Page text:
In this study we examined the neural correlates of abnormal sensorimotor integration processes in AD. In response to perturbed pitch in the auditory feedback while speaking, AD patients demonstrated distinct high-gamma band network activity when compared to age-matched controls. In particular, AD patients showed reduced high-gamma activity in the left prefrontal cortex and increased high-gamma activity in the right posterior middle temporal cortex. Importantly the impaired left prefrontal activity occurred early, followed by the increased right middle temporal activity, demonstrating the temporal evolution of speech-motor control activity. Reduced prefrontal activation and enhanced recruitment of right temporal cortices were significant contributors to abnormally enhanced pitch perturbation response, in AD patients. These results signify potential neural substrates of disrupted cortico-cortical connections in neural networks in AD.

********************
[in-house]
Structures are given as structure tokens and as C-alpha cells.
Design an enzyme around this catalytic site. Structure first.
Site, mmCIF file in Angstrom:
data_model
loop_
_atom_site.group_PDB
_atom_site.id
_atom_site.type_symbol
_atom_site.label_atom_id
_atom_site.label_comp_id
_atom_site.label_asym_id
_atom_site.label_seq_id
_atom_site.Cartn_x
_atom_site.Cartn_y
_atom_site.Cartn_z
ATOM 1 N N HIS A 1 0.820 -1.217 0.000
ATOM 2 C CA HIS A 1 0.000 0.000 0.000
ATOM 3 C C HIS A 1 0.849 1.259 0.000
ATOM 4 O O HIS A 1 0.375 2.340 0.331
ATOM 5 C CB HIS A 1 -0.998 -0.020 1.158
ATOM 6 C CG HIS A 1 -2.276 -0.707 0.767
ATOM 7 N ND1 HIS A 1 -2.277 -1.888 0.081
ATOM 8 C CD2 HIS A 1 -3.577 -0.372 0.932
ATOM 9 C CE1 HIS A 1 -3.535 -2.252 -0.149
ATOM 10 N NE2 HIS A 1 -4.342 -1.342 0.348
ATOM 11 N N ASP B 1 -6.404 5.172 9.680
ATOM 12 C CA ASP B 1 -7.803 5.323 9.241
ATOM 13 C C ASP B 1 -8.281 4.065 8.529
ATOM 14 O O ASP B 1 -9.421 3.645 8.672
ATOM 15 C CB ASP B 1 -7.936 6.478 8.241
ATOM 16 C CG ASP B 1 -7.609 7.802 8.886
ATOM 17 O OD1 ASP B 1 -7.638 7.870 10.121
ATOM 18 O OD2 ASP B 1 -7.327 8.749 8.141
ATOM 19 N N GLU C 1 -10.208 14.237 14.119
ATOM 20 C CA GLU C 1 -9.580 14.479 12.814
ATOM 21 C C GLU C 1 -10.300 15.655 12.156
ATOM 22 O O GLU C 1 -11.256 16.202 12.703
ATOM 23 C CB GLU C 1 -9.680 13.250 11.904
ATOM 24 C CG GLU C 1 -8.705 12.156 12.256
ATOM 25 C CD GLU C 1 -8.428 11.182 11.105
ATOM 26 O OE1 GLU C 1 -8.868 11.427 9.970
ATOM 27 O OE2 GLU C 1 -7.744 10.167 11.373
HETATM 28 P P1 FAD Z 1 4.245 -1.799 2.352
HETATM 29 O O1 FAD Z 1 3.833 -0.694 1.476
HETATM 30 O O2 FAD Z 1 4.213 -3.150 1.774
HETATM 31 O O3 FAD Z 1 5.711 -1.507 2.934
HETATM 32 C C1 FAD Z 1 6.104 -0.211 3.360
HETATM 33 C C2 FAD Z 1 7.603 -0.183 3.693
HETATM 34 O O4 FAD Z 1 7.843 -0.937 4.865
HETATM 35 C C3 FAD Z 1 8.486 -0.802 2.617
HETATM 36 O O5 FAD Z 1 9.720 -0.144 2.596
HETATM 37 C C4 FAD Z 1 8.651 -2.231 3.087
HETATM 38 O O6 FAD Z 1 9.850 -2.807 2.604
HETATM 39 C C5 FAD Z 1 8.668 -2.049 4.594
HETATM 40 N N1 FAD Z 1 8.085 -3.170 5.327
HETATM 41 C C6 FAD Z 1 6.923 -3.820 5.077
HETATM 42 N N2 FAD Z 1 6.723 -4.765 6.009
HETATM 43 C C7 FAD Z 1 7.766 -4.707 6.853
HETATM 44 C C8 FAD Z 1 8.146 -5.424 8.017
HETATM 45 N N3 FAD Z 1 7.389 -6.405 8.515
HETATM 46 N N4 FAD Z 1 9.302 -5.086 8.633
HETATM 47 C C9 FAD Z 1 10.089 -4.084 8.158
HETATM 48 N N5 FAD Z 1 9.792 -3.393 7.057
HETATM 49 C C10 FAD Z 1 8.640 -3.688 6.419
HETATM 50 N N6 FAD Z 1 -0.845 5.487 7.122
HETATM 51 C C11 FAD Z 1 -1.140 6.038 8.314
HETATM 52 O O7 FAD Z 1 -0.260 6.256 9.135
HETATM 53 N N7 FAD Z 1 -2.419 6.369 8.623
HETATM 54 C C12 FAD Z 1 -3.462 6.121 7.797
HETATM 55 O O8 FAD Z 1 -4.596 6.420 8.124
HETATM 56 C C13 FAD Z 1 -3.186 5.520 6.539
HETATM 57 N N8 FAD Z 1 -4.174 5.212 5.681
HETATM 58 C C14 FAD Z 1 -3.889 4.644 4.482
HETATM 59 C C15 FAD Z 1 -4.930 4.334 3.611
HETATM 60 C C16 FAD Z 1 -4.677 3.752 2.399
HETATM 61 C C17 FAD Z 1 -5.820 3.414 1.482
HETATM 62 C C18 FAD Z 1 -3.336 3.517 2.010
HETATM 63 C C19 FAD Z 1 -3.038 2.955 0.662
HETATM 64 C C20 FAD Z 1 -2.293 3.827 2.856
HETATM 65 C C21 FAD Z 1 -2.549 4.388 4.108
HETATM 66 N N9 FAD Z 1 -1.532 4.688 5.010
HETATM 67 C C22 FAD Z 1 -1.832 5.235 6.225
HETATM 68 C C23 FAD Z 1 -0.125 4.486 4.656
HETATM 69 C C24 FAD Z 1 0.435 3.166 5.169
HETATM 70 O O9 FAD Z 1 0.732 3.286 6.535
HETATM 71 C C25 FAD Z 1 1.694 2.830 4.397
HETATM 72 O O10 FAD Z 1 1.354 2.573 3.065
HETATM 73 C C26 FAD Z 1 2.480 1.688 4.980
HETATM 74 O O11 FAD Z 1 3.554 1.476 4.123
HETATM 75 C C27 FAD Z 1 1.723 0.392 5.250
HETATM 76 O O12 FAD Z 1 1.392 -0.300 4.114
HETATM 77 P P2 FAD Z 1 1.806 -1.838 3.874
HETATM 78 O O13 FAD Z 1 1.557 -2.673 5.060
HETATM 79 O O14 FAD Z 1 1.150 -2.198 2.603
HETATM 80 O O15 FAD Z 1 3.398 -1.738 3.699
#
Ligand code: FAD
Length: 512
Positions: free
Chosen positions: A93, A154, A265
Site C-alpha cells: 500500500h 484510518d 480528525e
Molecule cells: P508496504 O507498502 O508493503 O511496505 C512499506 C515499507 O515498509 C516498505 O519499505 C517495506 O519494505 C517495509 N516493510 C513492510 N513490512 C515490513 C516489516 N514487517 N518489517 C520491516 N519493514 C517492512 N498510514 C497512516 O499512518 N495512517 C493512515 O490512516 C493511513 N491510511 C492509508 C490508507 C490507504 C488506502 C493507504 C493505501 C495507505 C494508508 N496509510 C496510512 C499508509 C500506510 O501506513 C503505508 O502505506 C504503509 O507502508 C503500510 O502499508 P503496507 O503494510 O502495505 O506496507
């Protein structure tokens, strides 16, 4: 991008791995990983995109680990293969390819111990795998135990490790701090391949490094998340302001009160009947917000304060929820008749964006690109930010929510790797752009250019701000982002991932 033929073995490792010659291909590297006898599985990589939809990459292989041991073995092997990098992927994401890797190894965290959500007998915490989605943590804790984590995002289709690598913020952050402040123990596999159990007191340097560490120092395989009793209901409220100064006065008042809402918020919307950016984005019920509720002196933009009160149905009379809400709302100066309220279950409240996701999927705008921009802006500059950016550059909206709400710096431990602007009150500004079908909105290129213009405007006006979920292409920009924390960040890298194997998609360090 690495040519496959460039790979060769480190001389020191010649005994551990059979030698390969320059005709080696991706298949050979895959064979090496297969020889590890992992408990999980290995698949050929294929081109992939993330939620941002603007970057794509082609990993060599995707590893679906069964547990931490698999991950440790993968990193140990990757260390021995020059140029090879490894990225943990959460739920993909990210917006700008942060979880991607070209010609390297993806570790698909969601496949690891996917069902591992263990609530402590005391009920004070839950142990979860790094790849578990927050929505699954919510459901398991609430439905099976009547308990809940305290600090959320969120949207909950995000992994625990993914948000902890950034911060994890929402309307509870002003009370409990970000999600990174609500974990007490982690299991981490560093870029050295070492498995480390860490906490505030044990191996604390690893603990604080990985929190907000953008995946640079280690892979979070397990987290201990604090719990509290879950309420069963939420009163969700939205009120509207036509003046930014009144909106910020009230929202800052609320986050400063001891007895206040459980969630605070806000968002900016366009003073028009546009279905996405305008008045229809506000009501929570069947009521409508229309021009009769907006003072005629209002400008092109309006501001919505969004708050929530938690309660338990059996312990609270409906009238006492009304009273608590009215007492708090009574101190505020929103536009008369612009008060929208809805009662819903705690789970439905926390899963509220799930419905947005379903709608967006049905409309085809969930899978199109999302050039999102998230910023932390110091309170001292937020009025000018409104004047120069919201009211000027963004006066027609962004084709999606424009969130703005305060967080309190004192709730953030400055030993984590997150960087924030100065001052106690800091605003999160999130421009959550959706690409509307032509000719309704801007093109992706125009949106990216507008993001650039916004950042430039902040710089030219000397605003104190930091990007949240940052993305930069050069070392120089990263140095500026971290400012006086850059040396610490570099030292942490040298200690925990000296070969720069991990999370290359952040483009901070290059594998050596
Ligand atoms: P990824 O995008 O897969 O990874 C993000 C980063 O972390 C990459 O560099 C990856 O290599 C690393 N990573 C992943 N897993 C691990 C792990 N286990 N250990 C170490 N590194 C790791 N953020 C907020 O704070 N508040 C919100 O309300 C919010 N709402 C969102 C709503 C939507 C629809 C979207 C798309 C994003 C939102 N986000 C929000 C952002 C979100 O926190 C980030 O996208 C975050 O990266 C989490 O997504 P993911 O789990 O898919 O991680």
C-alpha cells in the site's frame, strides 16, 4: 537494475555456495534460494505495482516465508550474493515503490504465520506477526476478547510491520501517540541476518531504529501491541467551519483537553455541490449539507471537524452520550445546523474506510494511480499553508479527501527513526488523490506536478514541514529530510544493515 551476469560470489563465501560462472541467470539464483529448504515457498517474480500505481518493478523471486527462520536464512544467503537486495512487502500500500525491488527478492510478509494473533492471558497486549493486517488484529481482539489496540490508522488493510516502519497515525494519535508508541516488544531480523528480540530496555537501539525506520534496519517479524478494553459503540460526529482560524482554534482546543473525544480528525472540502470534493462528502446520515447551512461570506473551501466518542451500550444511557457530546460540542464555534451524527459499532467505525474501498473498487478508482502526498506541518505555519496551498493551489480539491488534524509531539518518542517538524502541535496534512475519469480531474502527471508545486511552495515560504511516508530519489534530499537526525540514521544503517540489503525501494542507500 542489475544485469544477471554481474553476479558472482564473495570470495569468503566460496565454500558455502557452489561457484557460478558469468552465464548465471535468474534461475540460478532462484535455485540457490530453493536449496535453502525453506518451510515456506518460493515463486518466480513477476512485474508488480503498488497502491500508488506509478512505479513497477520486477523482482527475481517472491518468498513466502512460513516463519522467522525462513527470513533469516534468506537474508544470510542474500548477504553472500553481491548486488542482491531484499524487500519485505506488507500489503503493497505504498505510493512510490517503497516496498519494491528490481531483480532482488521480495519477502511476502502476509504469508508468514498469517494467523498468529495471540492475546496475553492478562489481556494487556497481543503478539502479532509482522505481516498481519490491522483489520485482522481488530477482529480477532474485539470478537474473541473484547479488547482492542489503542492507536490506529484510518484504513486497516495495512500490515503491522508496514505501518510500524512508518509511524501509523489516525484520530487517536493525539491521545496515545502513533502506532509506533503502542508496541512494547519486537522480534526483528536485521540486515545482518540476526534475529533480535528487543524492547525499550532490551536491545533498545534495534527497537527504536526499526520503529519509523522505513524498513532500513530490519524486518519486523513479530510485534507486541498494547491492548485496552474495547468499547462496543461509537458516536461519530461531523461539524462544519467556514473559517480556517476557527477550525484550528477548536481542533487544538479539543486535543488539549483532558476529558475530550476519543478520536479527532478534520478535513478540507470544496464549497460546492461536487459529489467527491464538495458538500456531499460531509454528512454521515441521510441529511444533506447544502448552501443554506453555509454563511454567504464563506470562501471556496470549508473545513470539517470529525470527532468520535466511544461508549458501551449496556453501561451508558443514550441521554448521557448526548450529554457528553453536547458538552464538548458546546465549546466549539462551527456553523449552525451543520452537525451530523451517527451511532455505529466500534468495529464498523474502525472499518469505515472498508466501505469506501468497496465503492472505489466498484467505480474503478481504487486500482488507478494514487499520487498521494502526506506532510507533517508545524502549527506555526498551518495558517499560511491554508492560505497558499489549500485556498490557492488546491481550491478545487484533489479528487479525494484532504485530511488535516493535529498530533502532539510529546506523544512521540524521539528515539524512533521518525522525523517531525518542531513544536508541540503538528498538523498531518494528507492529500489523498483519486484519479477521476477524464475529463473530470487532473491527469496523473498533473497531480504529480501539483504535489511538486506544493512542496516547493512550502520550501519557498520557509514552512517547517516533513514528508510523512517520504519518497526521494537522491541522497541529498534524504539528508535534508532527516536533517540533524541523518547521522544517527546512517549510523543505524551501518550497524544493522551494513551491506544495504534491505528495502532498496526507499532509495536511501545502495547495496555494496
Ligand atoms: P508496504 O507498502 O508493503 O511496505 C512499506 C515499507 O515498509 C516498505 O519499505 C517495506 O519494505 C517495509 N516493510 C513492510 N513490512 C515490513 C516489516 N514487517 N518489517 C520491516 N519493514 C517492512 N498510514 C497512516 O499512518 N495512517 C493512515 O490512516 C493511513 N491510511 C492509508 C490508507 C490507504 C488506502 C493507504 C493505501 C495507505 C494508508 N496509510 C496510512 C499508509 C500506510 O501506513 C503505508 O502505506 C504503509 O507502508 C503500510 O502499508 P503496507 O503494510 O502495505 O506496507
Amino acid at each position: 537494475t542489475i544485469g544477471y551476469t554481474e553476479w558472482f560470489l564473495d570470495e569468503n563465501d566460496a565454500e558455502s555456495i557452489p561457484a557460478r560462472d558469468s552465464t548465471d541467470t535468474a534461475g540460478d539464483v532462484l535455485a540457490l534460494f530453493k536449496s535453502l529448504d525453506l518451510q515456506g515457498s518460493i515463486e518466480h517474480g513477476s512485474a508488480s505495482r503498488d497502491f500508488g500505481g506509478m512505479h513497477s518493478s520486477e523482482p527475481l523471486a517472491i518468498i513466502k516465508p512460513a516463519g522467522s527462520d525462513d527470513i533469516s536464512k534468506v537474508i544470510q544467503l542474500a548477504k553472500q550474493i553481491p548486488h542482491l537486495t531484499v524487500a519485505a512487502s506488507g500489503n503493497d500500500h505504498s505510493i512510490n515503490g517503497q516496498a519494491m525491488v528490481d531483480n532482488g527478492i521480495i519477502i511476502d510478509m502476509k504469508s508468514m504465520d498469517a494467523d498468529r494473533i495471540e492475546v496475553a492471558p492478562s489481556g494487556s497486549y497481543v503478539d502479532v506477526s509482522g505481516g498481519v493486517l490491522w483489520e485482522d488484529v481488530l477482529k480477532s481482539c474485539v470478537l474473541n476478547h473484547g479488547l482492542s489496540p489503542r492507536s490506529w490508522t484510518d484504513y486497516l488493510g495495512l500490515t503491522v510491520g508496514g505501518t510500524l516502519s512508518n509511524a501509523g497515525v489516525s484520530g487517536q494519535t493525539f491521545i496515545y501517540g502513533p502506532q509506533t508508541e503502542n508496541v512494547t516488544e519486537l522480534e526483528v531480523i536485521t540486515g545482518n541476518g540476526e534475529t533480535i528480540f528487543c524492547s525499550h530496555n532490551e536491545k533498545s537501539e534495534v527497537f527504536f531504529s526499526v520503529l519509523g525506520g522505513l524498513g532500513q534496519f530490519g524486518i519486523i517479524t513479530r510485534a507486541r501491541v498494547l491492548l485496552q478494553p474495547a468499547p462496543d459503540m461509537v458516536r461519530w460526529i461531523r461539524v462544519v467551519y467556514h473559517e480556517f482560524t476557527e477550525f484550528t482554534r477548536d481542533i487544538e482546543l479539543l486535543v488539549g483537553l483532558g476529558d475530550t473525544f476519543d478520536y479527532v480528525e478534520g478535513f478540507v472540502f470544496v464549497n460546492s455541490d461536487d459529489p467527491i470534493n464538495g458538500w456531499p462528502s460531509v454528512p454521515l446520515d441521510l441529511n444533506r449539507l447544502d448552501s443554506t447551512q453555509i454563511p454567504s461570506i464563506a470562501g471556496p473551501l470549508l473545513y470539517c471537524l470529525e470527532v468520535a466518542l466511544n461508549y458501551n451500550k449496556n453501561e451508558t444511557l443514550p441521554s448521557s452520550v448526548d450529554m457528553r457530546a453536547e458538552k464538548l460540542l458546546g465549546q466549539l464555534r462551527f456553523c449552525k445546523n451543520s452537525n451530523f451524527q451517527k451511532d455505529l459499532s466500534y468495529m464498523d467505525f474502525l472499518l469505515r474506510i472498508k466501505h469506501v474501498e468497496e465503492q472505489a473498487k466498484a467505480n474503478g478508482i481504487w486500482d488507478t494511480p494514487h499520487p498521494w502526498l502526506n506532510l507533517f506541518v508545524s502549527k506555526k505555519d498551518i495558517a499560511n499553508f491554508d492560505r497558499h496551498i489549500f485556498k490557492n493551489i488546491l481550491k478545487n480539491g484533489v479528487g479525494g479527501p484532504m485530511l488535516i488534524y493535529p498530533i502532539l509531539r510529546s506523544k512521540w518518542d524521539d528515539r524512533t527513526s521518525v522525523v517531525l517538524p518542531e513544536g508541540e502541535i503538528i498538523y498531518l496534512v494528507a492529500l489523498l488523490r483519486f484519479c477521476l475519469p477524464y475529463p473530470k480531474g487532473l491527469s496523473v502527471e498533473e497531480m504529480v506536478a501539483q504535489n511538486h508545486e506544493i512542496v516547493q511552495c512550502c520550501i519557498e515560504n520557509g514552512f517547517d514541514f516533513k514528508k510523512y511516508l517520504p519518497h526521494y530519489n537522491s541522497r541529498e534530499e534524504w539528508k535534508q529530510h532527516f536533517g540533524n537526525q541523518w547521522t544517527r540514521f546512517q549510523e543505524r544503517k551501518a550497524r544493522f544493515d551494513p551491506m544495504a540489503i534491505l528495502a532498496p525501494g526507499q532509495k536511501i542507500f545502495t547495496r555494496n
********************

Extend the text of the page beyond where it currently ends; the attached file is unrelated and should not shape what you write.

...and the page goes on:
Growing evidence from advanced neuroimaging techniques strongly supports the notion that the underlying architecture of cognitive function consists of dynamically interactive neural networks42,43. This understanding is a clear shift from an earlier view where each cognitive process was localized to a specific anatomic region in the brain. Indeed, the anatomic involvements of neurodegenerative diseases, of which the cardinal manifestations are progressive loss of cognitive abilities, have been directly mapped onto large-scale neural networks in the brain13,44. In this context, quantification of network dysfunctions and their behavioral correlates are important markers of neurodegenerative disease processes45. The current results demonstrate that speech-motor control network activity reliably yields neural as well as behavioral measures of network dysfunction in AD. Because pitch perturbation response is involuntary46, it has the added advantage of minimizing the confounding behavioral effects of cognitive deficits on the task performance, in patients with AD. As such, the neural and behavioral correlates of pitch perturbation response could potentially provide useful scales of network integrity to gauge disease progression and therapeutic efficacy in clinical trials of AD47.